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against bovine nanobacteria. Positive staining with the 8D10 antibody was observed in all tissues in which calcium phosphate was confirmed by von Kossa staining. Because positive staining with the 8D10 antibody was also observed in noncalcified areas of diseased tissue, it is plausible that nanoparticles may be present during early stages of the calcification process. Although the protein identified by this antibody remains to be identified, it is unlikely that staining is due to a chemical interaction of the antibody with calcium, because 8D10 antibody staining was still detected when diseased tissues were decalcified. It is also unlikely that the antibody detected only apoptotic cells because the distribution of TUNEL-positive cells did not overlap with 8D10-positive structures. It is equally unlikely that the antibody recognizes only matrix vesicles, extracellular microstructures derived from chondrocyte plasma membrane and associated with osseous calcification, because matrix vesicles do not contain DNA or replicate in culture (5, 6, 52). The 8D10 antibody stained nanoparticles in culture, which costained with PicoGreen, indicating the presence of DNA. In addition, TEM of cultures

stained with immunogold-labeled 8D10 antibody showed specific, albeit sparse, labeling associated with nanoparticles and biofilm. Because immunogold processes may affect binding sites for either antibody or antigen, intensity of staining may not be representative of binding in the absence of the gold label. The biological nature of nanometer-sized particles remains controversial (14, 30, 38, 40). Drancourt and colleagues (14), while identifying nanosized particles in human kidney stones, were unable to propagate these structures in culture (14). Alternatively, Cisar and colleagues (11) were able to propagate nanosized particles from human saliva using conditions described by Kajander and Ciftcioglu (28) but were unable to detect novel DNA. Therefore, they concluded that nanobacteria represent a form of biomineralization initiated by nonliving macromolecules, perhaps similar to matrix vesicles (33). In the present experiments, recognition by the 8D10 antibody of protein derived from extracts of cultured nanoparticles was distinct from those derived from culture media conditioned with hydroxyapatite, suggesting that structures cultured from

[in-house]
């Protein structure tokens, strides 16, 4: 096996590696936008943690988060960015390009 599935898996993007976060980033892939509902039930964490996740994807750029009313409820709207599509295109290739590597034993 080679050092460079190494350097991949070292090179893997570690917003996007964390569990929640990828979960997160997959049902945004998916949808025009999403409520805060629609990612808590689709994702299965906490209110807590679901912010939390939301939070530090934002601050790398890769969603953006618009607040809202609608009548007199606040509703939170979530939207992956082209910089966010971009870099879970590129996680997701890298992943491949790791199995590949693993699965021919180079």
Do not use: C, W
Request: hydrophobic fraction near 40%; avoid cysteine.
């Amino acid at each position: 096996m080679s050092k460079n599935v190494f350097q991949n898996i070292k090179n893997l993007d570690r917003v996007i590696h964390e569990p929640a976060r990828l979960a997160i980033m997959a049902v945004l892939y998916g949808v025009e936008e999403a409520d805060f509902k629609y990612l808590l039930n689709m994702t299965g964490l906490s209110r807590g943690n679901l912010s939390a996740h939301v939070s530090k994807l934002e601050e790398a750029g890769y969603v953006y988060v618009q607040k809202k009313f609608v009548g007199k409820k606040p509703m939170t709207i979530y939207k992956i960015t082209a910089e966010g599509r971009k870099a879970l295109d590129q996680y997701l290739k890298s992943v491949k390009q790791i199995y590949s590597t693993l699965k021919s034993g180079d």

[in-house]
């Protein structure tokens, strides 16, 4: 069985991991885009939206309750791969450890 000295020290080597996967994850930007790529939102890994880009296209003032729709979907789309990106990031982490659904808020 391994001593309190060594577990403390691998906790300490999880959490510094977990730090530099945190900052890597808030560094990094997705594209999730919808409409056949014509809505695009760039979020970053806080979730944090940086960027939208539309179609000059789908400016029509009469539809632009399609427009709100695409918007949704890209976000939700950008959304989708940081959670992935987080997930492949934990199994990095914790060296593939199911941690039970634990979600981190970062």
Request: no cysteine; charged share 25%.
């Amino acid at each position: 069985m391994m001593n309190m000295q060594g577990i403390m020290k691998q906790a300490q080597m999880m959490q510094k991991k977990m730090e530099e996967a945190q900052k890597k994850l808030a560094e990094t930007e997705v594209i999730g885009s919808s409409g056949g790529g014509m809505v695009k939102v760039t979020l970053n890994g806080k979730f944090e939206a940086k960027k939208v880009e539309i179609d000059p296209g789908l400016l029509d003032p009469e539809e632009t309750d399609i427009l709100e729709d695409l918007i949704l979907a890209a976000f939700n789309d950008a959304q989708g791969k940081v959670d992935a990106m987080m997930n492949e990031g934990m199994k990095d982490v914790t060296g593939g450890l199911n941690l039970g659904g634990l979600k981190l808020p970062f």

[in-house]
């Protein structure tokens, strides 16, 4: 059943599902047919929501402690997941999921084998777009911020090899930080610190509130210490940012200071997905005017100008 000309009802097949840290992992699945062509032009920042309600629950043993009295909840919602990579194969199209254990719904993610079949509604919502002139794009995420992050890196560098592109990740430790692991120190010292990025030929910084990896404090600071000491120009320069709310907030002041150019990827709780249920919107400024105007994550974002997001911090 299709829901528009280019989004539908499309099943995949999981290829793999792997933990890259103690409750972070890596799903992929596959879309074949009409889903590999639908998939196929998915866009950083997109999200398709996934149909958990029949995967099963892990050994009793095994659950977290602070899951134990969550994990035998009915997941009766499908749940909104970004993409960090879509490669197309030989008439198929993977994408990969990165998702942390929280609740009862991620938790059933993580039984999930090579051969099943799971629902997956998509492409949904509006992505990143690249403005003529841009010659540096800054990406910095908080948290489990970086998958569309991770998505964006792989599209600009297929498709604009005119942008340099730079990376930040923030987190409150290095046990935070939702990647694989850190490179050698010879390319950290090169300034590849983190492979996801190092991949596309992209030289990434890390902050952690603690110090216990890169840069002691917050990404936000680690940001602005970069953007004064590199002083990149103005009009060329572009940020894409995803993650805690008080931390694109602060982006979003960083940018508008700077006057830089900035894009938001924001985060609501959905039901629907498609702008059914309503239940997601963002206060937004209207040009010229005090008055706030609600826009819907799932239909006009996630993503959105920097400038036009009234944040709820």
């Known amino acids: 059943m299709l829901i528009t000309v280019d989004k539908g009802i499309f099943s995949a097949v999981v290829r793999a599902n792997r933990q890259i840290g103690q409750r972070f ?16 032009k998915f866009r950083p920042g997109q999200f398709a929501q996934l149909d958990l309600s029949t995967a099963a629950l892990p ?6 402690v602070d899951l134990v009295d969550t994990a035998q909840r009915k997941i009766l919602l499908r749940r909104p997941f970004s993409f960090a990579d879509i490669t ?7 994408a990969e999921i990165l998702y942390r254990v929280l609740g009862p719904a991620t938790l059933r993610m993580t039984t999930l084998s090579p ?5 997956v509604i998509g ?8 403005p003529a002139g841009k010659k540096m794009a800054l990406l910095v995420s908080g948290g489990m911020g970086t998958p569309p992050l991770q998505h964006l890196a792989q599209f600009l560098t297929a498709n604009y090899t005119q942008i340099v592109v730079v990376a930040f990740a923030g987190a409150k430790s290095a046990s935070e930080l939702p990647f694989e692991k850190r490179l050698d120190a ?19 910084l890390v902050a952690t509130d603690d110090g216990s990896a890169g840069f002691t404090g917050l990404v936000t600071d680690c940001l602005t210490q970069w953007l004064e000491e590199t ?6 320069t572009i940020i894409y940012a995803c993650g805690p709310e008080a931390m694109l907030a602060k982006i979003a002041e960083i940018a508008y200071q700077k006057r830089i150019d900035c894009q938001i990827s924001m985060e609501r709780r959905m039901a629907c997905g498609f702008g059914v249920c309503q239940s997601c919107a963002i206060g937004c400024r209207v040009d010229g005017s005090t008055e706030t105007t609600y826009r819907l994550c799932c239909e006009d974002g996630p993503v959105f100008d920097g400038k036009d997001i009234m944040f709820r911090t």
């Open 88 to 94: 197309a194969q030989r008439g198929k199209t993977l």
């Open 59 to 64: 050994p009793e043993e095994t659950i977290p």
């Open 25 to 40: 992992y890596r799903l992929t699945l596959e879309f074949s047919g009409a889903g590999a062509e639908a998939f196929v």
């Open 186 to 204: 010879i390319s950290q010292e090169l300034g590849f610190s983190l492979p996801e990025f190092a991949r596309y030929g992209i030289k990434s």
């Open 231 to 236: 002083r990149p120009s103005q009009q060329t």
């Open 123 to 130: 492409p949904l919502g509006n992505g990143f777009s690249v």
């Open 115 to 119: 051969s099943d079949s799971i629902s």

Fig. 5. SEM of cultures of nanoparticles derived from bovine serum and from filtered homogenates of aortic aneurysm. The culture from bovine serum was a positive control provided by the manufacturer of antibody 8D10 (Nanobac Oy). Similar cultures were obtained from another filtered homogenate of an aneurysm. Bar indicates micrometer scale.

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Fig. 6. SEM of decalcified cultured nanoparticles reveals spherical structures 100 –200 nm in size. Background is the filter. Bar is micrometer scale.